Ashley offloads a £100m stake in Sports Direct

Kasmira Jefford
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SHARES in Sports Direct fell six per cent yesterday after founder Mike Ashley sold £100m of his majority stake in the sports retailer, taking the market by surprise.

Ashley sold 25m shares at 400p, a seven per cent discount to Monday’s closing price, in an accelerated bookbuilding run by Goldman Sachs.

The book was two times covered in less than two hours of the offer being launched on Monday evening.

It is the first time the Newcastle United owner has sold down his shareholding since he floated the company in 2007 at a price of 300p, netting him £929m.

Sports Direct gave no reason for Ashley’s decision to sell down part of his stake, although City experts highlighted that there have been calls in the past for Ashley to offload shares to raise the liquidity in the stock.

He has agreed to a one-year lock-up of his remaining shares. With a stake of almost 65 per cent, it was unlikely Ashley was calling the top of the market, Panmure Gordon analyst Philip Dorgan said.

The sale also comes amid rumours that Ashley is interested in making a bid for House of Fraser or the collapsed retail chain Republic.

But analysts said he did not need the money and would be more likely to bid for assets through Sports Direct.

The group, which owns Lilywhites as well as the Dunlop and Slazenger brands, has seen shares soar by more than 40 per cent this year, benefiting from the demise of rivals, a growing online presence and a motivated staff due to a lucrative bonus scheme.

The FTSE 250 firm posted a 23 per cent rise in quarterly profit last week and said it was certain to reach its full-year earnings target of £270m.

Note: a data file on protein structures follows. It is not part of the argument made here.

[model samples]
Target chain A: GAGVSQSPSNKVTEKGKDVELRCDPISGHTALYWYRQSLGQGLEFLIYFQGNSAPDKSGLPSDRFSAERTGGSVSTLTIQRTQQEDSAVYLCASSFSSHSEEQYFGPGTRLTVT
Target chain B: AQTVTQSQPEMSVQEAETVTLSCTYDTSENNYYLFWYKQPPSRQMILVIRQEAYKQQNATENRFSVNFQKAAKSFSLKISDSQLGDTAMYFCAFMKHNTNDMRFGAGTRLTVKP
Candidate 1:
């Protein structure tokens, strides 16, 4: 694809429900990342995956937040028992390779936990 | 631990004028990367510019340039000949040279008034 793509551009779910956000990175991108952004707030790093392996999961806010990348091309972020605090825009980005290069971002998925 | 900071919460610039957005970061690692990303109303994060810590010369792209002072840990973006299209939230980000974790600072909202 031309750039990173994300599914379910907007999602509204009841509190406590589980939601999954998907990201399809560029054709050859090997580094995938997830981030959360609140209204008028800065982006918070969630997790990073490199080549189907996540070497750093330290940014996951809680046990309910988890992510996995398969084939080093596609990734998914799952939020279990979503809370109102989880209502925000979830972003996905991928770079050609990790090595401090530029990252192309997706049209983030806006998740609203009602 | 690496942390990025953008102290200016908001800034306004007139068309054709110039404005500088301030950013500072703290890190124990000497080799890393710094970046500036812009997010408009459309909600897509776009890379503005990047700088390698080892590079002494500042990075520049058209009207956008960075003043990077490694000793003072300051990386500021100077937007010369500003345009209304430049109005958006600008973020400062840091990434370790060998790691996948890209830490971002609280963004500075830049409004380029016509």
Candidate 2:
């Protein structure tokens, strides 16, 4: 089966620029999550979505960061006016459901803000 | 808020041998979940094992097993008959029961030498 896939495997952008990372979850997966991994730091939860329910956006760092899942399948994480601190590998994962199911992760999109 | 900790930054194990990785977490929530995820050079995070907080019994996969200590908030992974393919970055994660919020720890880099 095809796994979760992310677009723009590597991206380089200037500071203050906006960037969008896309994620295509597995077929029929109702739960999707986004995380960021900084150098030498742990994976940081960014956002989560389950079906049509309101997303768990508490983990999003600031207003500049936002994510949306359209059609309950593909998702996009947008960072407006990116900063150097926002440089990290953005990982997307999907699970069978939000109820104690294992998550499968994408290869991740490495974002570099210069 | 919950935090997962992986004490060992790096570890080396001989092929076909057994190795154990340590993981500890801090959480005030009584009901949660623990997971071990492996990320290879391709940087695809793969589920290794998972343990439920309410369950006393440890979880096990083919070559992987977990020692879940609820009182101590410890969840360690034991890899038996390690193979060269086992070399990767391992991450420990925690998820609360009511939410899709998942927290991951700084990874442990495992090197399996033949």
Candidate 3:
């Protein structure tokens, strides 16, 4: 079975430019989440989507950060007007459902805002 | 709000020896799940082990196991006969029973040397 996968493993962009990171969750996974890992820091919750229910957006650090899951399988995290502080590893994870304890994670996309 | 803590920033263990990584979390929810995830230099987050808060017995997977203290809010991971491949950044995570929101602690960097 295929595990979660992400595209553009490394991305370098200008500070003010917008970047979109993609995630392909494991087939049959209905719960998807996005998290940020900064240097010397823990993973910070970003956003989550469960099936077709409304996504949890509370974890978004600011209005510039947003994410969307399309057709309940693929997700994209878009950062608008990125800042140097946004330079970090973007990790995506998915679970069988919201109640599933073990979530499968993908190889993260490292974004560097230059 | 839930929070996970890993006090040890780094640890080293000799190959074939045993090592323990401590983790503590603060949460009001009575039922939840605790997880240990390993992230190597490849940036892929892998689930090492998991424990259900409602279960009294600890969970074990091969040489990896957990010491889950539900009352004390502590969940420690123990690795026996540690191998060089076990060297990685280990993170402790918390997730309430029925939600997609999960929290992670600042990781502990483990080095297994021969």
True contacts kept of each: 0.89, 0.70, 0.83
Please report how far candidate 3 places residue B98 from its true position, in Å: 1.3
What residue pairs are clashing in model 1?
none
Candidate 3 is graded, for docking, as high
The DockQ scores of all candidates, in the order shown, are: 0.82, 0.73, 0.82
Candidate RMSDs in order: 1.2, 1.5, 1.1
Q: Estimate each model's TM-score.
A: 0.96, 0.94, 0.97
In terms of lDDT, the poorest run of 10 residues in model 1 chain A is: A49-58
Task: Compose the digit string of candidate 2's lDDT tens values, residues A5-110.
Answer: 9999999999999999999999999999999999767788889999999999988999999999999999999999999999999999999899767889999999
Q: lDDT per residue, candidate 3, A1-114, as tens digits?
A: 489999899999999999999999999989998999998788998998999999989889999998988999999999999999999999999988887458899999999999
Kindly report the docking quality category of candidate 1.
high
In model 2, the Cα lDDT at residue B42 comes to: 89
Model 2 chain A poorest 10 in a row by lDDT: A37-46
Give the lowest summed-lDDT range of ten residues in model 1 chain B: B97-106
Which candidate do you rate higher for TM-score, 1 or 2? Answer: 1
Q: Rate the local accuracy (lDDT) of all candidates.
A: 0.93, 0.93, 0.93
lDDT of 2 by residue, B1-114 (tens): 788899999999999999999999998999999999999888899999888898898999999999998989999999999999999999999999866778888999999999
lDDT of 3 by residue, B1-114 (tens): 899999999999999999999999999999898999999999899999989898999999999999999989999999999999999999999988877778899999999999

Goldman Sachs carried out an accelerated book build on Monday evening to sell Mike Ashleys’s 25m Sports Direct shares, which the bank acquired from the sports retailer’s founder in a so-called bought deal.

Leading the team were Anthony Gutman, co-head of UK investment banking and Giacomo Ciampolini, managing director of the US bank’s equity capital markets division.

They were joined by Alex Watkins, vice president in Goldman’s equity capital markets team.

Gutman, a rising star in M&A, was promoted to co-head of the UK investment banking division along with top deal maker Mark Sorrell to replace Julian Metherell in 2011. He became a partner in November last year.

An Oxford history graduate and qualified corporate lawyer, Gutman joined Goldman Sachs as a managing director in the consumer retail group in 2007. He was poached from Citigroup where he made his name as a leisure banker, advising Dubai International Capital on the £1bn sale of the waxworks museum Madam Tussauds in 2007.

In October last year he was involved in advising UK credit-checking firm Experian in a deal to take full control of São Paulo-based data provider Serasa. Goldman Sachs also worked on the float of Betfair in 2010, which included Gutman in the team.